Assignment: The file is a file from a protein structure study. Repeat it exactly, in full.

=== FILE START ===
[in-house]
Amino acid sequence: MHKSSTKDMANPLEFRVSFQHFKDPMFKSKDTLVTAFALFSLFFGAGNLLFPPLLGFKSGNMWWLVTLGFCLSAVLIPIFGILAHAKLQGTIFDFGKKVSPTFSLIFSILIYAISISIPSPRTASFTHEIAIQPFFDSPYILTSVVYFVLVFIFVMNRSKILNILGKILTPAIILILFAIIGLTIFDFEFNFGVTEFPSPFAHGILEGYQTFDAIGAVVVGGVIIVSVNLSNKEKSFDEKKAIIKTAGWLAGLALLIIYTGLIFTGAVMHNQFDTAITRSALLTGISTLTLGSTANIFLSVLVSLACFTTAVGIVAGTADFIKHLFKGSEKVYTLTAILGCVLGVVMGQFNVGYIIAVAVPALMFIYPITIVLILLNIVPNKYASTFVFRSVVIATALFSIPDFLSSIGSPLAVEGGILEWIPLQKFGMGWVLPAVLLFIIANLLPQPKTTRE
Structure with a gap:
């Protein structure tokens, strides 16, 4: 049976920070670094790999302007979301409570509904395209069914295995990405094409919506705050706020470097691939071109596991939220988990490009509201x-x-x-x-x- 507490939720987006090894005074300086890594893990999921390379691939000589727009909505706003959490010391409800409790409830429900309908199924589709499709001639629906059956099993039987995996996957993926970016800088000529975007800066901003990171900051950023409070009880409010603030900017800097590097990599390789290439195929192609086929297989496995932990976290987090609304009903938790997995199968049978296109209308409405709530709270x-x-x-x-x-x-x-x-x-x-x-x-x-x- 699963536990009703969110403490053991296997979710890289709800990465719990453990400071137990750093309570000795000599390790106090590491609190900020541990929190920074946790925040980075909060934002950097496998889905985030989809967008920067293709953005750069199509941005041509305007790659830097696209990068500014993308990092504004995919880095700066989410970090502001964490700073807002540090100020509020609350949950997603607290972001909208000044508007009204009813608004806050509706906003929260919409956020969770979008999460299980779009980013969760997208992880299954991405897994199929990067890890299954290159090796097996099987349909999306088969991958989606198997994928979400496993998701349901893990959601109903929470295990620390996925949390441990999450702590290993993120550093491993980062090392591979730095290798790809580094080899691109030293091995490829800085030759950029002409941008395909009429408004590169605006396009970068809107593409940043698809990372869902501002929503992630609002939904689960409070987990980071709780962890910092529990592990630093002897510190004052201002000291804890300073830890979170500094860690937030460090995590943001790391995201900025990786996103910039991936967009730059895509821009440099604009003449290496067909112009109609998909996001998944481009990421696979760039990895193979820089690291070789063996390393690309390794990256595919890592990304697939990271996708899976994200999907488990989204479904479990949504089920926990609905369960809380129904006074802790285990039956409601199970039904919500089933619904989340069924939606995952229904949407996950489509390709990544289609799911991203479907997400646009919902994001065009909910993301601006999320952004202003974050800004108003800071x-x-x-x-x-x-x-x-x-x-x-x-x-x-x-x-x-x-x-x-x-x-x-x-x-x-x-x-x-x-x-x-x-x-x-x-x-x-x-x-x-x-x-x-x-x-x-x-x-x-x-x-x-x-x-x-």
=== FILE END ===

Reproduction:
[in-house]
Amino acid sequence: MHKSSTKDMANPLEFRVSFQHFKDPMFKSKDTLVTAFALFSLFFGAGNLLFPPLLGFKSGNMWWLVTLGFCLSAVLIPIFGILAHAKLQGTIFDFGKKVSPTFSLIFSILIYAISISIPSPRTASFTHEIAIQPFFDSPYILTSVVYFVLVFIFVMNRSKILNILGKILTPAIILILFAIIGLTIFDFEFNFGVTEFPSPFAHGILEGYQTFDAIGAVVVGGVIIVSVNLSNKEKSFDEKKAIIKTAGWLAGLALLIIYTGLIFTGAVMHNQFDTAITRSALLTGISTLTLGSTANIFLSVLVSLACFTTAVGIVAGTADFIKHLFKGSEKVYTLTAILGCVLGVVMGQFNVGYIIAVAVPALMFIYPITIVLILLNIVPNKYASTFVFRSVVIATALFSIPDFLSSIGSPLAVEGGILEWIPLQKFGMGWVLPAVLLFIIANLLPQPKTTRE
Structure with a gap:
């Protein structure tokens, strides 16, 4: 049976920070670094790999302007979301409570509904395209069914295995990405094409919506705050706020470097691939071109596991939220988990490009509201x-x-x-x-x- 507490939720987006090894005074300086890594893990999921390379691939000589727009909505706003959490010391409800409790409830429900309908199924589709499709001639629906059956099993039987995996996957993926970016800088000529975007800066901003990171900051950023409070009880409010603030900017800097590097990599390789290439195929192609086929297989496995932990976290987090609304009903938790997995199968049978296109209308409405709530709270x-x-x-x-x-x-x-x-x-x-x-x-x-x- 699963536990009703969110403490053991296997979710890289709800990465719990453990400071137990750093309570000795000599390790106090590491609190900020541990929190920074946790925040980075909060934002950097496998889905985030989809967008920067293709953005750069199509941005041509305007790659830097696209990068500014993308990092504004995919880095700066989410970090502001964490700073807002540090100020509020609350949950997603607290972001909208000044508007009204009813608004806050509706906003929260919409956020969770979008999460299980779009980013969760997208992880299954991405897994199929990067890890299954290159090796097996099987349909999306088969991958989606198997994928979400496993998701349901893990959601109903929470295990620390996925949390441990999450702590290993993120550093491993980062090392591979730095290798790809580094080899691109030293091995490829800085030759950029002409941008395909009429408004590169605006396009970068809107593409940043698809990372869902501002929503992630609002939904689960409070987990980071709780962890910092529990592990630093002897510190004052201002000291804890300073830890979170500094860690937030460090995590943001790391995201900025990786996103910039991936967009730059895509821009440099604009003449290496067909112009109609998909996001998944481009990421696979760039990895193979820089690291070789063996390393690309390794990256595919890592990304697939990271996708899976994200999907488990989204479904479990949504089920926990609905369960809380129904006074802790285990039956409601199970039904919500089933619904989340069924939606995952229904949407996950489509390709990544289609799911991203479907997400646009919902994001065009909910993301601006999320952004202003974050800004108003800071x-x-x-x-x-x-x-x-x-x-x-x-x-x-x-x-x-x-x-x-x-x-x-x-x-x-x-x-x-x-x-x-x-x-x-x-x-x-x-x-x-x-x-x-x-x-x-x-x-x-x-x-x-x-x-x-």